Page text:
Wellfleet Oyster Festival
If you like oysters, come to the annual Oyster Festival in October and enjoy the best oysters in the world! Live music, food stalls, shellfish and an oyster shucking contest. Small town and fun. The wide open sandy beaches on the bay side and ocean side. Some 30 miles of beaches mostly in the Cape Cod National Seashore. Hiking, biking, boating & fishing. Best time to visit is in Setp & Oct when it is still warm and the crowds are gone.
Definately Worth A Stop
This town is very artsy, just as you are passing through stop to admire; local art and antique shops.
We stopped in a great little shop and picked up some unique tee shirts for the family - look for the gecko logo.
Great Island Trail
This is one of the longer trails in one of the most remote parts of the Cape Cod National Seashore, inaccessible except on foot or by boat. There are no resorts or beach houses here. What is here are relatively empty stretches of bay beach, salt marsh, and pitch pine. The relative solitude is rare on Cape Cod – you pay for it in effort, though. (See below for the notes before you go.)
The Cape Cod Bay beaches
The dunes average about 10 feet high, and are less thoroughly beaten than on the Atlantic side…
…but they are as beautiful and sculptured.
Great Island, indeed the edges of the Cape, is changing with the weather, shifting and crumbling. Two hundred years ago, Great Island was an island and Billingsgate Island was home to 30 families. Now, Great Island is fully attached to the Cape, and the foundations of the lighthouse on Billingsgate are only barely visible at low tide.
There aren’t official trails between the beach and the trail down the middle, although there are a couple of paths between the two. The one in the photo started out looking sort of official, but (soon after the photo) disappeared into moss in the pine forest. (The lesson to be learned here is to know your high and low tides, and either get to Jeremy’s Point on time or know when to turn around.)
The original forest was cut down by the original settlers; what’s here now was planted beginning in the early 1800s to curb the resulting erosion. The fickle weather keeps the trees small, and twisted into interesting shapes.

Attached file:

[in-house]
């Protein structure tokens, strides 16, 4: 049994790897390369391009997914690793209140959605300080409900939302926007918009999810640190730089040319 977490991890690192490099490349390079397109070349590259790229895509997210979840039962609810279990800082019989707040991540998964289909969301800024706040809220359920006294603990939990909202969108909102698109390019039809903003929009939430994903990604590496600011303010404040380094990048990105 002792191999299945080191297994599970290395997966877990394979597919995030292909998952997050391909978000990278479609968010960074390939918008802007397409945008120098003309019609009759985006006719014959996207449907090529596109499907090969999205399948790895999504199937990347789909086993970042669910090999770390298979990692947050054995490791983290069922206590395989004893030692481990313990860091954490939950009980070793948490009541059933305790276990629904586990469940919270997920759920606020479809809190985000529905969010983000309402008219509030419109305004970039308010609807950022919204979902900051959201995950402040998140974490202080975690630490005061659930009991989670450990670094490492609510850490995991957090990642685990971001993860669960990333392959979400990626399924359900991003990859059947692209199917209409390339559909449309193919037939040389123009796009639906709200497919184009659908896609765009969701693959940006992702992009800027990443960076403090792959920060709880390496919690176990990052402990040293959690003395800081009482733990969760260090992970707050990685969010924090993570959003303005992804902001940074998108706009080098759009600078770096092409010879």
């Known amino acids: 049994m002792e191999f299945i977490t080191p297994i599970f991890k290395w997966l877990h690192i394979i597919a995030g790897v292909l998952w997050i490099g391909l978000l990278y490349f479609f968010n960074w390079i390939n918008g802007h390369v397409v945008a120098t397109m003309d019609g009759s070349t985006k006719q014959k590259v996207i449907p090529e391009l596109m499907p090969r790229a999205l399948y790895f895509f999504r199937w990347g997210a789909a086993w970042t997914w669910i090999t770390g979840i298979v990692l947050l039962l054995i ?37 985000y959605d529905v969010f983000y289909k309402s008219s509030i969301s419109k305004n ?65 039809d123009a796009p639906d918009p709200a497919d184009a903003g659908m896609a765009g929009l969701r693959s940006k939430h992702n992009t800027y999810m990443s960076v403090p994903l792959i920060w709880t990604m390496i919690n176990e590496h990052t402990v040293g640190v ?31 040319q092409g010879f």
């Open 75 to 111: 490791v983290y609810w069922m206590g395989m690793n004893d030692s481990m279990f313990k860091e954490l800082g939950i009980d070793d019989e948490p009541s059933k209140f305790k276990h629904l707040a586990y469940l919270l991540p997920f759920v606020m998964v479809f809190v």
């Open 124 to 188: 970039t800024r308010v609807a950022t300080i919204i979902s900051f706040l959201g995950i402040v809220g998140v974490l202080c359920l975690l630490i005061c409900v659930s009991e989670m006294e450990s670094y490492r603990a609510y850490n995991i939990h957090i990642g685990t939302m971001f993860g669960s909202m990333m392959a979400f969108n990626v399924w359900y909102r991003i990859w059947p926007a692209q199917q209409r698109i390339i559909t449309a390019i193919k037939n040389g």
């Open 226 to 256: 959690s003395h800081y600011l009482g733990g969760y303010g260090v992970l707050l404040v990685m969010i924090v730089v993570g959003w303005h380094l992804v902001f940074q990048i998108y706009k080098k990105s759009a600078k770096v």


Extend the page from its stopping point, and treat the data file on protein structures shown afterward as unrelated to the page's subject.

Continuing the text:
In the late 1600s, right and pilot whales were so plentiful they used to come right into Wellfleet harbour, and whalers were there waiting for them. And the Samuel Smith Tavern was there to serve the whalers while they were waiting. Eventually, the whales stopped coming so close to shore, though, and the tavern was abandoned by the mid 1700s. The site was excavated around 1970, and artefacts prove there was a tavern – drinking vessels, pipe stems, and glassware. There’s nothing left now but what you see in the photo.
Parts of the loop to the tavern aren’t well defined or appear to be overgrown. Most of it isn’t marked, either, but pay attention and it’s easy enough to follow. The beaches on this side are WAY down a sheer slope of pure sand.
"The Wellfleet Harbor marshes"
The harbour side has a couple of large marsh areas (“The Gut,” and the “Middle Meadow Marsh”). What looks like sand in the photo isn’t – it’s silty-sandy sludge that sticks to everything and adds pounds to your shoes. It’s worse during high tide.
The tidal flats are rich feeding grounds – home to oysters and all kinds of wading birds. And, if you’re unlucky, a flock of large and surly gulls protecting their meal of week-dead seal. (That particular experience was about a half mile behind this picture – there’s a forest trail at the fork that I have to recommend over the beach/marsh trail.)
I went down the beach and up the forests and mud flats, which is backwards according to most of the descriptions out there. I loved the brilliant blue skies of the afternoon beach, but apparently the sunsets are beautiful (and it’s not a bad idea to not be on the exposed beach during mid-day).
Notes before you go
- The entire beach => Jeremy Point => tavern loop is 7 or 8 miles over almost flat terrain, but feels longer, since about half is through soft sand and more is through swampy muck or matted grasses. The complete loop is tougher than it sounds.
- There isn’t water available on the trail, so bring enough; there’s no food either.
- For most of the trail there’s no shade, and the sun is quite strong on the beach and around the marshes.
- Part of the trail disappears during high tide, so check the tide tables before you go.
Getting there: Route 6 towards Provincetown. Turn left towards Wellfleet Town Center (Main or Commercial Street). At the town pier, turn right onto Kendrick Road, then left onto Chequesset Neck Road. (Keep the water view on your left – there are several turns that are dead ends on private property.) The parking lot is about 3-1/2 miles from the traffic light on Route 6.